It happens to us, so why can’t it happen to bacteria? The grey dreariness that often makes us want to go into hibernation mode (if only work, life, etc. would let us) also slows down the metabolic rate of aerobic bacteria.
The air temperature around the compost in a self-contained composting toilet remains at room temperature since the compost chamber sits inside the pedestal within a bathroom. However, a split-system toilet with a pedestal in the bathroom and compost chamber outside is exposed to the elements and can experience slow composting during colder periods.
I remember as a kid one of my best friends at school lived on some property that grew pineapples and pawpaws. I often used to spend weekends at their house and we would explore all around the property, finding all sorts of interesting things to do and creating boy mischief along the way.
One of the strongest memories from their house was the outhouse – a separate building that housed their toilet. As I kid I remember thinking this was different, strange and interesting all at the same time. In winter, it wasn’t very fun creeping out to the toilet in the middle of the night with a torch, a beanie and a chatter between my teeth.
If you’re thinking about installing a composting toilet you’re probably wondering to yourself “is this the right choice?” and “is it worth it?” and also probably “will our visitors think we’re weirdos”?
We understand these concerns and trust us when we say almost all our customers have them at some stage in their journey towards installing a composting toilet in their home. It’s perfectly natural to have questions and concerns about something that’s not ‘mainstream’ (although humans have been utilising excrement for fertilizer for hundreds, if not thousands of years) so we thought we would put together a great big list of reasons why we love composting toilets – and you should too!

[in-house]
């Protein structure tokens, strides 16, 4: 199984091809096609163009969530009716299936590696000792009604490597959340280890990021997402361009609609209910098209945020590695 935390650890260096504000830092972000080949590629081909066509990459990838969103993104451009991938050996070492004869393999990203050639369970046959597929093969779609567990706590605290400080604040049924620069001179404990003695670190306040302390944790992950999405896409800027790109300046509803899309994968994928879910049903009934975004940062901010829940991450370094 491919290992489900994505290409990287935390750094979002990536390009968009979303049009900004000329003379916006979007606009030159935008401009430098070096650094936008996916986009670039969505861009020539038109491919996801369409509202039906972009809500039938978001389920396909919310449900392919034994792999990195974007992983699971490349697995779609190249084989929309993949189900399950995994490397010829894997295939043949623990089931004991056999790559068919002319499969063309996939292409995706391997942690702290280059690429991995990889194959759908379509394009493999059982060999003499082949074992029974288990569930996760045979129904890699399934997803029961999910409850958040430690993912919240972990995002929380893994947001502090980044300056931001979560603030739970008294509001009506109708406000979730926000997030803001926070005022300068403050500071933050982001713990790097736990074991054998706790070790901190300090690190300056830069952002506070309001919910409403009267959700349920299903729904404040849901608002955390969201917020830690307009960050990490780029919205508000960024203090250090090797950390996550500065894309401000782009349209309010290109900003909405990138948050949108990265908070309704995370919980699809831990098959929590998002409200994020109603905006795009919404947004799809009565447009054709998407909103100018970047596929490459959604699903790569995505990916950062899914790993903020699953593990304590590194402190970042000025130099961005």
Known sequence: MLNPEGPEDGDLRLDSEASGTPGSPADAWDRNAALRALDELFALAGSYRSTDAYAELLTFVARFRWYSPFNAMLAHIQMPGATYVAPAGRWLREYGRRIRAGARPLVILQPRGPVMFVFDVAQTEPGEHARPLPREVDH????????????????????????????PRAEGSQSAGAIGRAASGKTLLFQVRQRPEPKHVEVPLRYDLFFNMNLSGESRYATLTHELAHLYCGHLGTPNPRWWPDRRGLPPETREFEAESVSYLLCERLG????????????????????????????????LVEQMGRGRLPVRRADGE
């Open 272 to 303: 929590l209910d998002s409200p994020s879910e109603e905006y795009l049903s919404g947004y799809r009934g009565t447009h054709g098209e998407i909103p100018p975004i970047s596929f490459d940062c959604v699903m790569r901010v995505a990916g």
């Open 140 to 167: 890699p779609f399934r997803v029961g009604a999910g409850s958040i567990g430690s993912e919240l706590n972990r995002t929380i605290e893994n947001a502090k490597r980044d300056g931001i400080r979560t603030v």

An increasing number of people are taking household water-saving measures further than shorter showers and sprinkler bans.
Composting no-flush toilets are being installed inside new homes and users are raving about their success.
Up to 60% of wastewater produced by a home is greywater (laundry, bathroom and kitchen). This water has the potential to be reused in the garden. With a waterless toilet installed in a home, you can effectively recycle ~90% of your household wastewater.
All Ecoflo systems are odour and chemical free as well as being completely waterless. Ecoflo composting toilets provide a hygienic method of recycling human waste. By separately managing your toilet (aka black water) and other wastewater (i.e. greywater), you avoid the need to waste and pollute potable water. Here’s how our solution to onsite wastewater management works.
Ecoflo is proud to sell Who Gives A Crap toilet paper. It’s forest friendly and they donate 50% of their profits to help build toilets for those in need.
Two UQ architecture alumni are laying the foundations for sustainable, affordable housing in Australia through their start-up business, the Tiny House Company.
Despite their small stature, these tiny houses still manage to feel open, airy and inviting, thanks to elegant design and storage options.
A recent Queensland ruling offers some hope to the continued Tiny House movement in Australia, but for now it needs to be understood in the context of this particular tiny house in the Brisbane City Council local government area.
Dreaming of owning your own home but convinced you can’t afford it? This week Adam, Jason and Pete team up for one of our biggest makes ever, literally building a home from scratch for under $50,000 – using a shipping container!
Stuart from Ecoflo and Neville from Bokashi NZ, our local distributor, exhibited our line of Nature Loo composting toilets for the first time at this year's Wellington expo. Based on the reaction we received from visitors it was clear that this was also the first time many people have had the chance to see a composting toilet that wasn't a bucket AND didn't cost buckets of cash either.